Jabra Stone Bluetooth Headset: Stylish Looks, Handy Charger
At a Glance
It's not often that a product lives up to its name, but the Jabra Stone ($130, price as of February 10, 2010) does so quite literally. This sculpted black Bluetooth headset fits so neatly into its charging base that the combination looks like a smooth, black, plastic stone--albeit one with a micro-USB socket and a Jabra logo.
However, the "stone" isn't just a storage case or a pass-through connection base for a charger. It has its own battery, which, when fully charged, can completely charge the headset--a boon for folks on the go. This means that you always have extra headset charges in your pocket even on long business days when you can't get to an AC outlet or a USB charger.
While the headset's battery alone provides up to 2 hours of talk time and 2.5 days of standby time, traveling with the charging base increases available talk time to 8 hours and standby time to 12 days, according to Jabra. The base takes 2 hours to charge with its AC adapter. As a traveling companion, the base makes the headset easy to find in a cluttered pocket, and it provides some protection for the headset as well. The headset and its 0.67-ounce, 1-inch-thick base measure just 2.3 by 2 inches together, which hardly makes a dent in a jacket pocket.
The concept of a travel case equipped with its own battery isn't new: Plantronics uses a different style of travel-size battery case with some of its units, such as the Discovery 975.
The Jabra Stone supports the Bluetooth 2.1+EDR (enhanced data rate) standard and can pair with up to eight devices, two of which can be in use at the same time. Two small LEDs on the inside of the headset provide feedback on battery status and Bluetooth connectivity. A single LED on the base lets you know if it has enough juice to charge the headset fully.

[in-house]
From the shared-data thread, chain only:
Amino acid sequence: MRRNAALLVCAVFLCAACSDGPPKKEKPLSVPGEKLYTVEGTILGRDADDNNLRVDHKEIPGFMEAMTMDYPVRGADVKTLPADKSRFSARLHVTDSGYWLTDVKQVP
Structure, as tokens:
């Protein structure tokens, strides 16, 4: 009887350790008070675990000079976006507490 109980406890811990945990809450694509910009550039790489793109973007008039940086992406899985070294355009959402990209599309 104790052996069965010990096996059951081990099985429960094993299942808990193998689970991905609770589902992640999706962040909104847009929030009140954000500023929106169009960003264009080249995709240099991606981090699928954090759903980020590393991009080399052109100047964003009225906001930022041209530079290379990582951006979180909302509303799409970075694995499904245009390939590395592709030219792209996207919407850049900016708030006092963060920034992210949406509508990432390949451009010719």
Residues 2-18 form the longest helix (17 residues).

Jabra's penchant for simplicity is reflected in the Stone. Like the company's other headsets, such as the earmuff-style Jabra Halo, the Stone has no on/off switch. Removing the unit from its base activates it, and pushing it back in turns it off. Instead of a volume-control button or switch, the Stone has a touch-sensitive area where sliding your finger up or down will raise or lower the audio. The volume slide area lacks tactile feedback, however; in my use, getting the right touch took a little practice. You can also adjust the headset volume from your phone, if you prefer.
Pushing down on the wide end of the headset activates the single button on the Stone, which you use for making or taking calls and for pairing the unit with a cell phone. Since the Stone's molded earhook is part of the device, the unit is designed to fit only on the right ear. Though the earhook is flexible, it is still somewhat rigid and may not fit tightly onto your ear, as was the case for me. A colleague, in contrast, noted that the earhook stayed put on her ear, and felt quite comfortable. The quarter-ounce headset comes with extra earbuds for a better fit if necessary.
The Stone, which has two microphones, uses Jabra's Noise Blackout Extreme technology to enhance your voice while blocking out other noises. The unit also has the company's Audio Shock Technology, which arrests sudden spikes in volume. In my tests, callers had no problem hearing me even when I was in a noisy household with televisions and radios running in the background.
It's hard to fault the Jabra Stone on style--it certainly looks good inside or outside its "stone" base. But this Bluetooth headset will certainly feel and sound better if you can get it to fit well on your ear.